- When dragged, palettes rearrange themselves even while the mouse is held down (still dragging), snapping into place elsewhere, terribly frustrating when trying to arrange a workspace.
- No caching of rendered images, so that opening an image just to view it (no settings changes), say, 10 times incurs the glacially slow processing each and every time. No background rendering of images to save the user time.
- No smart rendering as in using 8 CPU cores for 4 or 8 images. CPU cores are used heavily but this is busy-waiting (wasted) CPU consumption. The processing engine really can only use 1-2 CPU cores even if it chews up 12 cores.
- SPP batch processing does not properly apply all settings, rendering it useless for consistent output.
- Default scaled size is not display friendly, e.g. 25.9% instead of 25%. It lesat to details that are not as clear as they should be.
- The Info window forgets its location, always popping up in the wrong place.
- Thumbnails with details wraps text with too-small thumbnails, even on a huge screen, thumbnails have too-small size limit.
- Language translation/terminology is odd. Example: “reboot SPP”, “Batch Setting” (not plural). Attention to details counts.
- Batch rename feature is extremely primitive and should simply be removed unless it can be properly implemented.
- Lens data update and software update are not automatic.
Article continues for subscribers...
Diglloyd Guide to Mirrorless is by yearly subscription. Subscribe now for about 25 cents a day ($90/year).
BEST DEAL: get full access to ALL 8 PUBLICATIONS for only 68 cents a day ($249.95)!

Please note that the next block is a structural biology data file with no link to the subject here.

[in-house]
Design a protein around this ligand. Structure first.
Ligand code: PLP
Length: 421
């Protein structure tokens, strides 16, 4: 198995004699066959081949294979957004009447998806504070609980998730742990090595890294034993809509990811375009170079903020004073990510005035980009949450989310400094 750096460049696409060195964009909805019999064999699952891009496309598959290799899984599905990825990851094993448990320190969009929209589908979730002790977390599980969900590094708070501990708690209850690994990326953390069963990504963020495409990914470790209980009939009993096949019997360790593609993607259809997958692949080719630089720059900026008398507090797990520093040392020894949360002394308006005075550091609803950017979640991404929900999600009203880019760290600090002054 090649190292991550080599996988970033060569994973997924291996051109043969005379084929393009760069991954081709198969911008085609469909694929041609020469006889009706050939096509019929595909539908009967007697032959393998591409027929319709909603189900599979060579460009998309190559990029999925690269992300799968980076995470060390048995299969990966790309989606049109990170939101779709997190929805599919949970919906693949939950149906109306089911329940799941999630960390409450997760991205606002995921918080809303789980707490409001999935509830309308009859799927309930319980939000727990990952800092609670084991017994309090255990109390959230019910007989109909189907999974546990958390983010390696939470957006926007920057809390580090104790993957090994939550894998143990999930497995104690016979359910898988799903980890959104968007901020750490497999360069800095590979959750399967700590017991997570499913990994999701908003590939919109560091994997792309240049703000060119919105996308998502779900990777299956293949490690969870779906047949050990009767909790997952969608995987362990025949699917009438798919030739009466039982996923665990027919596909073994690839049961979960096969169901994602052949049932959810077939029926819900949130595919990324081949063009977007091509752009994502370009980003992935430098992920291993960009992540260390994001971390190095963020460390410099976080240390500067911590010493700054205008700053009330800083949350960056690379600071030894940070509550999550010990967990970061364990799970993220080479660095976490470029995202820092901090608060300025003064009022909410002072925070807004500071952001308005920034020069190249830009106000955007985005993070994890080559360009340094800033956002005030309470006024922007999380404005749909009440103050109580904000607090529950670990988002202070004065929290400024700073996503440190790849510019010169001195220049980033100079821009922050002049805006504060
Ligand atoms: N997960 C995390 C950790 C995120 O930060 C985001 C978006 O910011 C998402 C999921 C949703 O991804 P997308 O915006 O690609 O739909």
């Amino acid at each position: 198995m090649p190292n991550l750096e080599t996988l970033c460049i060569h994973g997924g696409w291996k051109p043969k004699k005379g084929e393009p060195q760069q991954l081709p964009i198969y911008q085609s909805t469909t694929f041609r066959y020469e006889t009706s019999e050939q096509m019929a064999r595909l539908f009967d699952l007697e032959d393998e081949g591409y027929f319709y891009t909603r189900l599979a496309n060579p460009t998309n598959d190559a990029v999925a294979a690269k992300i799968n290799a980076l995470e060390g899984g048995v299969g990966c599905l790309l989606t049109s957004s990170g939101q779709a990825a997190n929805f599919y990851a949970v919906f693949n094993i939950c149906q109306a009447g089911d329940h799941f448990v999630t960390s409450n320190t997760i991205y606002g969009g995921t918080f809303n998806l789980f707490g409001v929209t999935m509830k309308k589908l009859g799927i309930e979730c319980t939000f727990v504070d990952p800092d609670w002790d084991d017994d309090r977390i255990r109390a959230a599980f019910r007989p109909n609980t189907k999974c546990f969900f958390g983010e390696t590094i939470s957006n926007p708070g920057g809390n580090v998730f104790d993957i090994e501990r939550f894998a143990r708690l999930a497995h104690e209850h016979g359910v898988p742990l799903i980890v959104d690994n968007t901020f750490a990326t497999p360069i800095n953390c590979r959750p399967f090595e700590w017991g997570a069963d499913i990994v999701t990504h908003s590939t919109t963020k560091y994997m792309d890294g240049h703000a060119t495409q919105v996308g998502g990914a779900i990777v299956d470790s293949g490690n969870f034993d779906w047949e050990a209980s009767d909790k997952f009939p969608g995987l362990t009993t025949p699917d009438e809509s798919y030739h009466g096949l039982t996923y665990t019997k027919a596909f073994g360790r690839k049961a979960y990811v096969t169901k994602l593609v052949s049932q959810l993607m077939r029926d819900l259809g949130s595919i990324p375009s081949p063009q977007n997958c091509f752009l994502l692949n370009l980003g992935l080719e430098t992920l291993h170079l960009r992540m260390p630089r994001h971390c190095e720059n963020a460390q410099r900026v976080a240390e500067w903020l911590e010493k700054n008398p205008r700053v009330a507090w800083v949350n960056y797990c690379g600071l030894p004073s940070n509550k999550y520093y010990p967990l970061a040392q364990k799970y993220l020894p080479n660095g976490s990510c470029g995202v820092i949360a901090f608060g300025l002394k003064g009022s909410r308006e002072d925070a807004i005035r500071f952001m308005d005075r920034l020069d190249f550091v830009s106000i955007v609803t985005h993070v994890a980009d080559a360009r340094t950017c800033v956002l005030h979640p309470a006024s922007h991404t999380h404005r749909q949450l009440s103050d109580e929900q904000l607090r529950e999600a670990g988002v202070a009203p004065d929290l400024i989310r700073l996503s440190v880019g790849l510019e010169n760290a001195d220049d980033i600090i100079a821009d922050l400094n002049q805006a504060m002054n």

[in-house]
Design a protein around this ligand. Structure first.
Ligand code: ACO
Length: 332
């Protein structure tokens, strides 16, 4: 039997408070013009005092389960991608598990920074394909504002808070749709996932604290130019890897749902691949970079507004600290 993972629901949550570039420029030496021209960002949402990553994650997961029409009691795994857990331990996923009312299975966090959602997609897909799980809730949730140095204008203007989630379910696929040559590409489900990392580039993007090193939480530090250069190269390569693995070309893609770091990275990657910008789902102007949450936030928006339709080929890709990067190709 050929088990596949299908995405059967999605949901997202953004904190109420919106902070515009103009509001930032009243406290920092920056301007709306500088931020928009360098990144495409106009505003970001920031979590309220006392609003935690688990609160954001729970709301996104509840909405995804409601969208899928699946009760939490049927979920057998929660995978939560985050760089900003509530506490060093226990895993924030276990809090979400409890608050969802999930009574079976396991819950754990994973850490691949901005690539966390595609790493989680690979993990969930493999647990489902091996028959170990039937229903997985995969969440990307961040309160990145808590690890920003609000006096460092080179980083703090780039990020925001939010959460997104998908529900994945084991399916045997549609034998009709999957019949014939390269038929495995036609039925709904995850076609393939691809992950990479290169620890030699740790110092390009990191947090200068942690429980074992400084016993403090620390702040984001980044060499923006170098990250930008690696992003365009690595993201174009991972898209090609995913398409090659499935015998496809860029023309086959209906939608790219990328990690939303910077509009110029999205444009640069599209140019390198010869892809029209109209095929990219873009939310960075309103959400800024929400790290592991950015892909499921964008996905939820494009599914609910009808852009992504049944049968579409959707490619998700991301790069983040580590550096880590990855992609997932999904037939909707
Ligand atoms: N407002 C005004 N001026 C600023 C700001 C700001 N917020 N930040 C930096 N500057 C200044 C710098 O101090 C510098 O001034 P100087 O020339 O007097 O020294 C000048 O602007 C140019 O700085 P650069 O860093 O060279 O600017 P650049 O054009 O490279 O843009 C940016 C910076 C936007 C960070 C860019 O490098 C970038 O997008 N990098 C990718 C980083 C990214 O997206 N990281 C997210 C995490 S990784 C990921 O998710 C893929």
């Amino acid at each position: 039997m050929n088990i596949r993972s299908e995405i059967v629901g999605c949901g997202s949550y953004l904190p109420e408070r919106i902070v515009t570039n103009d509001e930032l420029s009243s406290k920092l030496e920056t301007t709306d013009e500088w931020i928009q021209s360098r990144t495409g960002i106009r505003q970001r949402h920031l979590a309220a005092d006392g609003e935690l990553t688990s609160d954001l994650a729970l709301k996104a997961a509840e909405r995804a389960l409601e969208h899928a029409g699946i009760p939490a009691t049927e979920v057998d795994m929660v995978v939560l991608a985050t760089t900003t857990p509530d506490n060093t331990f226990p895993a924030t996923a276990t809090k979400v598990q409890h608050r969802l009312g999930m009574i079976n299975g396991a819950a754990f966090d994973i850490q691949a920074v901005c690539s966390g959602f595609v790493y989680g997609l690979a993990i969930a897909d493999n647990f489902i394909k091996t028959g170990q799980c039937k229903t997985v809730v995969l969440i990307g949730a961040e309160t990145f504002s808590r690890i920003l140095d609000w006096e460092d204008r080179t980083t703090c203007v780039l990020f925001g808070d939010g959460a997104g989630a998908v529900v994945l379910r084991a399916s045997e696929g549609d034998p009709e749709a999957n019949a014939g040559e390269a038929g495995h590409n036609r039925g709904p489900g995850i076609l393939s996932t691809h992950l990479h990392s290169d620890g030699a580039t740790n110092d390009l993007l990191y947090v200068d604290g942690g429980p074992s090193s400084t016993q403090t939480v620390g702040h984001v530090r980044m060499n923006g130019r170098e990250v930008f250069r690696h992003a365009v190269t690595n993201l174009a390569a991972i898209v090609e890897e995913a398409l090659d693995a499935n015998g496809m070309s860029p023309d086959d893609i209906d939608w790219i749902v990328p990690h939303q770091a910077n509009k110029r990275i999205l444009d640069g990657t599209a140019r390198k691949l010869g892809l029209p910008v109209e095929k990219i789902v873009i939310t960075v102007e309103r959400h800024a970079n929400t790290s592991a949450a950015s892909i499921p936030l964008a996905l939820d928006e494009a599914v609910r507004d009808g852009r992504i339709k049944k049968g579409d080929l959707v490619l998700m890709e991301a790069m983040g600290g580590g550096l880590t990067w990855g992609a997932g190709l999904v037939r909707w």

Diglloyd Guide to Mirrorless offers comprehensive integrated coverage of most APS-C and full frame mirrorless cameras and lenses.
Special emphasis is placed on Sony full-frame, including Sony lenses and the high performance Zeiss Batis and Zeiss Loxia lenses plus Rokinon/Samyang and others. Fujifilm X, Olympus and Panasonic M4/3, Sigma dp Merrill and dp/sd Quattro are also covered in depth. Years in the making, it offers a wealth of material for choosing and using a mirrorless camera.
- Make better images by learning how to get the best results right away. For example, the best way to set up your Sony camera.
- Save money by choosing the right lens for your needs the first time, particularly with the numerous lenses available for Sony.
- Make better images, a sort of “cheat sheet” saving yourself months or years of ad-hoc learning—best practices and how-to and processing parameters are discussed and shown.
- Jaw-dropping image quality found nowhere else utilizing Retina-grade images up to full camera resolution, plus large crops.
- Real world examples with insights found nowhere else. Make sharper images just by understanding lens behavior you won’t read about elsewhere.
- Aperture series from wide open through stopped down, showing the full range of lens performance and bokeh.
- Optical quality analysis of field curvature, focus shift, sharpness, flare, distortion, and performance in the field.
Want a preview? Click on any page below to see an excerpt as well as extensive blog coverage, for example on Sony.